When you claim to be ugly society tells you that you’re beautiful and when you say that you’re beautiful society tells you that you are conceited. “To be yourself in a world that is constantly trying to make you something else is the greatest accomplishment.” (Ralph Waldo Emerson) Society tells us what we should be, who we should be, what we should look and act like and what is perfect. Too many woman try to fit this ideal of what we should be based on media and society in an imperfect world. Marge Piercy is criticizing this in her poem “Barbie doll” written in 1999. The poem shows how ridiculous it is the way we try to conform to what society’s ideals are for the perfect woman. Marge Piercy an American poet, novelist, and social activist was born in Detroit, Michigan, to a family deeply affected by the Great Depression. She was the first in her family to attend college, studying at the University of Michigan. Her first book of poems, Breaking Camp, was published in 1968.An indifferent student in her early years, Piercy developed a love of books when she came down with rheumatic fever in her mid-childhood and could do little but read.
“It taught me that there’s a different world there, that there were all these horizons that were quite different from what I could see,” she said in a 1984 wired interview. As of 2004 she is author of seventeen volumes of poems, among them The Moon is Always Female and The Art of Blessing the Day , as well as fifteen novels, one play, one collection of essays, one nonfiction book, and one memoir. Marge Piercy was born March 31, 1936 in Detroit into a family that had been, like many others, affected by the Depression. She was raised a Jew by her grandmother. At age fifteen Piercy began writing both poetry and fiction, right after her family moved into a house where she had a room of her own with a door that shut – in other words, when she had privacy for the first time. Her novels and poetry often focus on feminist or social concerns, although her settings vary. While Body of Glass is a science fiction novel that won the Arthur C. Clarke Award, City of Darkness, City of Light is set during the French Revolution. Other of her novels, such as Summer People and The Longings of Women are set during the modern day.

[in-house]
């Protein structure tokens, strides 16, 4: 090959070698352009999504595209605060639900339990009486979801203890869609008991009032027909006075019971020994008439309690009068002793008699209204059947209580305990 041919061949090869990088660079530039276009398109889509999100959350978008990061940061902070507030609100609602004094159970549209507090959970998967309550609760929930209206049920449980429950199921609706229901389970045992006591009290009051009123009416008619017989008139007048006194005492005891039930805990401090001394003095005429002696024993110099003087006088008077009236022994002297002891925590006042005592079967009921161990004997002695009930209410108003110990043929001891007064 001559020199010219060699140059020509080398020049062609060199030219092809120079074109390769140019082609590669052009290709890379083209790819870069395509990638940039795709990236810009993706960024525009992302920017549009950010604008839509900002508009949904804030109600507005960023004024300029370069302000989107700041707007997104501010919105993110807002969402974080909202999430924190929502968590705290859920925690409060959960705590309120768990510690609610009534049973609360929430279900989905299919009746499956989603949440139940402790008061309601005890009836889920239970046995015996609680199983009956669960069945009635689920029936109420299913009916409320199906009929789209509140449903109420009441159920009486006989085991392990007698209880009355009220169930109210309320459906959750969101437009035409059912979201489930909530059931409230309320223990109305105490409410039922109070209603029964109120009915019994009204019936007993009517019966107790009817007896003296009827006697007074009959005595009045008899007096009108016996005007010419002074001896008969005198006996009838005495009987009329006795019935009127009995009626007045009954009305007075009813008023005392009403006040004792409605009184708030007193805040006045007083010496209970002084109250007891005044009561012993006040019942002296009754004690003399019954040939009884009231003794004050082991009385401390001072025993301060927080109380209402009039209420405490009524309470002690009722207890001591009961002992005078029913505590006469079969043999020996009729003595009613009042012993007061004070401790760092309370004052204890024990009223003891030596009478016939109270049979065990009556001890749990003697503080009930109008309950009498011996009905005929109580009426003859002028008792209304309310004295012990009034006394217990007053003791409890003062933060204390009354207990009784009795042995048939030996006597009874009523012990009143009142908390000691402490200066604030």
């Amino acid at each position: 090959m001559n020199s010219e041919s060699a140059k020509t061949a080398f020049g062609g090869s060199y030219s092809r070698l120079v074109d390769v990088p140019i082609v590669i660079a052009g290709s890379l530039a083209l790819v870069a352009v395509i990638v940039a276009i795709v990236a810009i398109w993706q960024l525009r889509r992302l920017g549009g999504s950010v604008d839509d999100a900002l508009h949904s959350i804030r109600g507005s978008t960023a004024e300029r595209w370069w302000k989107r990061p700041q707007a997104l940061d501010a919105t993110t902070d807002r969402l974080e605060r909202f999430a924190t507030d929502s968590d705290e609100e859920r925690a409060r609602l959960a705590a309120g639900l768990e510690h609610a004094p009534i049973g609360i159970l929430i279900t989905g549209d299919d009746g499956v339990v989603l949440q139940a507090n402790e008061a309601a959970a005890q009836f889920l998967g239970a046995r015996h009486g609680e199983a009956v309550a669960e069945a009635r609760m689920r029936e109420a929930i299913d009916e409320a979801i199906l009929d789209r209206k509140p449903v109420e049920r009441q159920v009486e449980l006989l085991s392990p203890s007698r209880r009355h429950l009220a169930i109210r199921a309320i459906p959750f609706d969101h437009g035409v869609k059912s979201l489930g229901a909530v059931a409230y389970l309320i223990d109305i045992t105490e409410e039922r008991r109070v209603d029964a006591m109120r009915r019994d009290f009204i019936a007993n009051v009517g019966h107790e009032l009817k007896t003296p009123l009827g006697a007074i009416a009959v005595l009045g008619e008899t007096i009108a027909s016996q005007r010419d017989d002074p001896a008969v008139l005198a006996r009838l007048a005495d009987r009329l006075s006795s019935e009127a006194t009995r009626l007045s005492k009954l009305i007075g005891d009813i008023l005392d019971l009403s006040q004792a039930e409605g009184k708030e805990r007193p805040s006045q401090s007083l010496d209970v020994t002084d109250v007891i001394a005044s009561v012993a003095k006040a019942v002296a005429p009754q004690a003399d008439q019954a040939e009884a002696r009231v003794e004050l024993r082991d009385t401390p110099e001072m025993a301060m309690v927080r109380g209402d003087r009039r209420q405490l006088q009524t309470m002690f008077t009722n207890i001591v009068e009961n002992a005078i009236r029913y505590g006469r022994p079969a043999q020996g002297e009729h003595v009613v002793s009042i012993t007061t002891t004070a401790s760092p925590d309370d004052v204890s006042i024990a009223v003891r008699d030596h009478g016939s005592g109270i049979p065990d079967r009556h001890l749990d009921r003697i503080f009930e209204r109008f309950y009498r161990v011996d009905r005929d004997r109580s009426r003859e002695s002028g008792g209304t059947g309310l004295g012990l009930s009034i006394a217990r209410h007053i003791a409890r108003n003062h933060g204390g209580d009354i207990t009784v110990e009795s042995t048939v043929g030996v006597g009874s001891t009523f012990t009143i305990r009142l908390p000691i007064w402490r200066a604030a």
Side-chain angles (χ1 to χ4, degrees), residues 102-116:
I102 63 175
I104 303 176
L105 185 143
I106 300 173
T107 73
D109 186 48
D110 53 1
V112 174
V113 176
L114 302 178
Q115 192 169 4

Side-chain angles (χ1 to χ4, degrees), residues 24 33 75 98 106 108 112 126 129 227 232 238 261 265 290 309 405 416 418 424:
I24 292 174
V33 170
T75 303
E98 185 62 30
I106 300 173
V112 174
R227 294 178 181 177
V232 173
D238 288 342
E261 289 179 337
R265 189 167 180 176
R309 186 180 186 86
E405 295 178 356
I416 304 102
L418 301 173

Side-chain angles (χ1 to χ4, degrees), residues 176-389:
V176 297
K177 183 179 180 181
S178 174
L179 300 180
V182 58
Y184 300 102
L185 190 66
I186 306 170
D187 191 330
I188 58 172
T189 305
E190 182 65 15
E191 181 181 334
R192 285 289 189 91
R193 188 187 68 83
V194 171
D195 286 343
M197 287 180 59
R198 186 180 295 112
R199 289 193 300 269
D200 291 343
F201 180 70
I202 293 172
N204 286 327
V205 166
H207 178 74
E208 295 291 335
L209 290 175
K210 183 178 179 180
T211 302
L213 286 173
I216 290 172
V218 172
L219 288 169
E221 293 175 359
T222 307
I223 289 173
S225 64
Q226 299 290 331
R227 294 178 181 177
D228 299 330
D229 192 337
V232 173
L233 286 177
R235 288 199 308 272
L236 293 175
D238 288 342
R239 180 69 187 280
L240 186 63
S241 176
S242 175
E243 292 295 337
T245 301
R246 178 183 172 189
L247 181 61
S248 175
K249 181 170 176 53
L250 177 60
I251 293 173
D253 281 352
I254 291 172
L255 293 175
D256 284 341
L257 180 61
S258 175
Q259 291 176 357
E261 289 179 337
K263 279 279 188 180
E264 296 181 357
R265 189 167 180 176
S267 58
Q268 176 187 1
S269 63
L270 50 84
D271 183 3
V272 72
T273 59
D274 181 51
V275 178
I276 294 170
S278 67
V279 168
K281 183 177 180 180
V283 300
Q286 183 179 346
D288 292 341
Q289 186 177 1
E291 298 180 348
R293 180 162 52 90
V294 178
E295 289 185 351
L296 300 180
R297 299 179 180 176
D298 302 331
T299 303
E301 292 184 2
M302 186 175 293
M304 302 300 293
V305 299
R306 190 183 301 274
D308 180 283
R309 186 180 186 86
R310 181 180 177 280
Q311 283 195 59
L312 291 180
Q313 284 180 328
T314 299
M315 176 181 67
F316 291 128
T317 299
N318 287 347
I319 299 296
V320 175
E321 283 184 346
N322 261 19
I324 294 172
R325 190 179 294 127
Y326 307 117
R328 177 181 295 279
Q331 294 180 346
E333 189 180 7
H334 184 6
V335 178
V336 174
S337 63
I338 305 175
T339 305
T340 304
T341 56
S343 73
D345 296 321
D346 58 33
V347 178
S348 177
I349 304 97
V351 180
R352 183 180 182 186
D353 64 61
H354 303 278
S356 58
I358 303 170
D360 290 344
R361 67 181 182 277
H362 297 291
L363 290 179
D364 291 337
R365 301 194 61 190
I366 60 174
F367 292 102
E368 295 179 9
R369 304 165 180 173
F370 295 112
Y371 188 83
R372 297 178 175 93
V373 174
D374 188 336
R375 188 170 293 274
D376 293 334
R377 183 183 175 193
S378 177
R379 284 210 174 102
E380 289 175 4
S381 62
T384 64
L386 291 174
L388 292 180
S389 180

All of her books share a focus on women’s lives. Woman on the Edge of Time mixes a time travel story with issues of social justice, feminism, and the treatment of the mentally ill. This novel is considered a classic of utopian “speculative” science fiction as well as a feminist classic. Piercy’s poetry tends to be highly personal free verse and often addresses the same concern with feminist and social issues. Her work shows commitment to the dream of social change rooted in story, the wheel of the Jewish year, and a range of landscapes and settings. When children are born they all do the same things, going “pee-pee” is one of the basic functions of the body. This isn’t something that can be changed or judged in any way because every human does it but you can see how quickly that changes when she says “Miniature GE stoves and irons and wee lipsticks the color of cherry candy”. This is a small representative of what the future holds for these children.
As a girl society expects them to look like a doll. Everything pristine, no excuses. People will say if you gain wait, it’s your fault. If you aren’t successful, it’s your fault. As puberty approaches, a girl will begin to fill into her woman body and still be expected to have the figure of a Barbie. As we age, our features change quicker than we would like. Boosts of physical maturity can cause us to not understand why we can’t look “perfect”. Piercy describes the girls physical appearance “She was healthy, tested intelligent, possessed strong arms and back”.
Her body is beginning to mature to be child barring, as humans, men are genetically engineered to be attracted to girls with curves and some meat on their bones. A girl with a good body is likely to be thought to be a good future mother. Some girls will mature faster than others like Piercy explains “abundant sexual drive and manual dexterity. She went to and fro apologizing. Everyone saw a fat nose on thick legs.” Although this girls body is only maturing faster than others she feels so out of place that she thinks she has to actually apologize. It seems as if this girl would rather be dead and beautiful then alive and ugly.
Finding who we are and what we want to look like in today’s society is pressed into our heads even more now than it was in the 1900s. The word “beautiful” has almost diminished in meaning. Who is to define beauty and put a label on whom and what is beautiful and what is not? No one is perfect and as humans that is something we all strive for. With how quickly people and opinions change, what’s considered beautiful today may not be tomorrow. Fighting against these preset idealized notions of normality is what we have to do to keep people happy with the way they are. Stop judging others by what you see. Because, what you see is what you want to see. People can’t always strive to be something that they aren’t to the point where they would rather be dead than alive trying to win people over. No matter how beautiful you are, even as a dead person we are dressed up to look beautiful.